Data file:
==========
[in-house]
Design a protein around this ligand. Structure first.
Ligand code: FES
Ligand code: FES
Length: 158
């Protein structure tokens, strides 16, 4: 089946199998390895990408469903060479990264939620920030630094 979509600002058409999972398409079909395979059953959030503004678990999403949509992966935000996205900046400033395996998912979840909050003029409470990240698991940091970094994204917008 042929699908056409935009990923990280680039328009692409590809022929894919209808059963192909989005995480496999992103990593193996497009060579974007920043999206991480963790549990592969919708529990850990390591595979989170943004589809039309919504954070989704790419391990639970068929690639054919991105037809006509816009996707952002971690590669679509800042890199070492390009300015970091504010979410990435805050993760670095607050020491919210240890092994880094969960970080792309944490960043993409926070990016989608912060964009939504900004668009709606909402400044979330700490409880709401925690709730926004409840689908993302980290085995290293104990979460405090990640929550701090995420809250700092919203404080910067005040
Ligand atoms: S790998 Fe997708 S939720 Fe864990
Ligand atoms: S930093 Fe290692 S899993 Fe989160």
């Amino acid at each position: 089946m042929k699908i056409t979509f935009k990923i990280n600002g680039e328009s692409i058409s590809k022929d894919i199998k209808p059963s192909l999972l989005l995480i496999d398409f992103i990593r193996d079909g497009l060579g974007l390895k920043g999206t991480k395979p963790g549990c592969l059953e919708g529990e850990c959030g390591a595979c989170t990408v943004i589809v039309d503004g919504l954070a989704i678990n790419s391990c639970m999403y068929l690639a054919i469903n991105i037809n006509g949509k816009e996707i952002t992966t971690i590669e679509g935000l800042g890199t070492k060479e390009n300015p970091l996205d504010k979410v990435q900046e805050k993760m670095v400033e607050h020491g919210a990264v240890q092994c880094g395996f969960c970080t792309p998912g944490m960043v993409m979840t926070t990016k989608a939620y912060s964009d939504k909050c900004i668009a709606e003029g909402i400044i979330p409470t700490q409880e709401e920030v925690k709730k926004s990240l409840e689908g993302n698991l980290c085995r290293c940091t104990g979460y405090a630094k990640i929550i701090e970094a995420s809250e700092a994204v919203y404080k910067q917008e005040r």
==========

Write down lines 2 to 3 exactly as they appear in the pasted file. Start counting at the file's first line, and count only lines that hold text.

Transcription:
Design a protein around this ligand. Structure first.
Ligand code: FES